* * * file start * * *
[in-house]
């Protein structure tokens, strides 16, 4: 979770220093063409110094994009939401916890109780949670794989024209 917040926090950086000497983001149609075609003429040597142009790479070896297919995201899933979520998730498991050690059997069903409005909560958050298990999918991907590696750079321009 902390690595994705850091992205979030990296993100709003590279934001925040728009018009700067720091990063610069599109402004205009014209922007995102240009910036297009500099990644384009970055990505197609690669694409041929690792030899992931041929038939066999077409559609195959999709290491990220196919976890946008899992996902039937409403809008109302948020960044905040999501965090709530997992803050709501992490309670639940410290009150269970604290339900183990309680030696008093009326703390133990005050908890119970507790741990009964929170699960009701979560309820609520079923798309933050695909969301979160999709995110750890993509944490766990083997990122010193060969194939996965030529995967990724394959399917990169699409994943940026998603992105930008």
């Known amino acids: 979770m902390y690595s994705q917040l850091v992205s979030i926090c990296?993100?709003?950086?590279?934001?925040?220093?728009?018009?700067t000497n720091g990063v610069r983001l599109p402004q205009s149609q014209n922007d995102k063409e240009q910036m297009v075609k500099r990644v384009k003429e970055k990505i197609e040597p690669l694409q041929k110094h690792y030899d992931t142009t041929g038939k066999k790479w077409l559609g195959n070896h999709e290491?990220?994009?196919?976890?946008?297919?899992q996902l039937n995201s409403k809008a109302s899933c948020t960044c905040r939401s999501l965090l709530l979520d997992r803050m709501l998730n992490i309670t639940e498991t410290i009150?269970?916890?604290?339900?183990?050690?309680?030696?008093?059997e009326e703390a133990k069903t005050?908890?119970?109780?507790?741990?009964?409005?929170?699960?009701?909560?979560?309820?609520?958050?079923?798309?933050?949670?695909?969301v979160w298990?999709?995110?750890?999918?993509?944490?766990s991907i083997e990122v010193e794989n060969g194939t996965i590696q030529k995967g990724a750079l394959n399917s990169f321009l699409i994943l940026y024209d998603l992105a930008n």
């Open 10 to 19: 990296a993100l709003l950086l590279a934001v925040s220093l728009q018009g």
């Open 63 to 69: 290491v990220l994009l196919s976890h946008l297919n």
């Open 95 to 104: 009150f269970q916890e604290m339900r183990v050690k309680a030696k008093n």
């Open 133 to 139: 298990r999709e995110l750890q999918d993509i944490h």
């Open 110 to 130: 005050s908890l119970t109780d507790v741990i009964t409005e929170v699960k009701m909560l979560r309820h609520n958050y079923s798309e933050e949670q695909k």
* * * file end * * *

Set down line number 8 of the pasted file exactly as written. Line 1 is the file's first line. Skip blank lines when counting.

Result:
């Open 110 to 130: 005050s908890l119970t109780d507790v741990i009964t409005e929170v699960k009701m909560l979560r309820h609520n958050y079923s798309e933050e949670q695909k």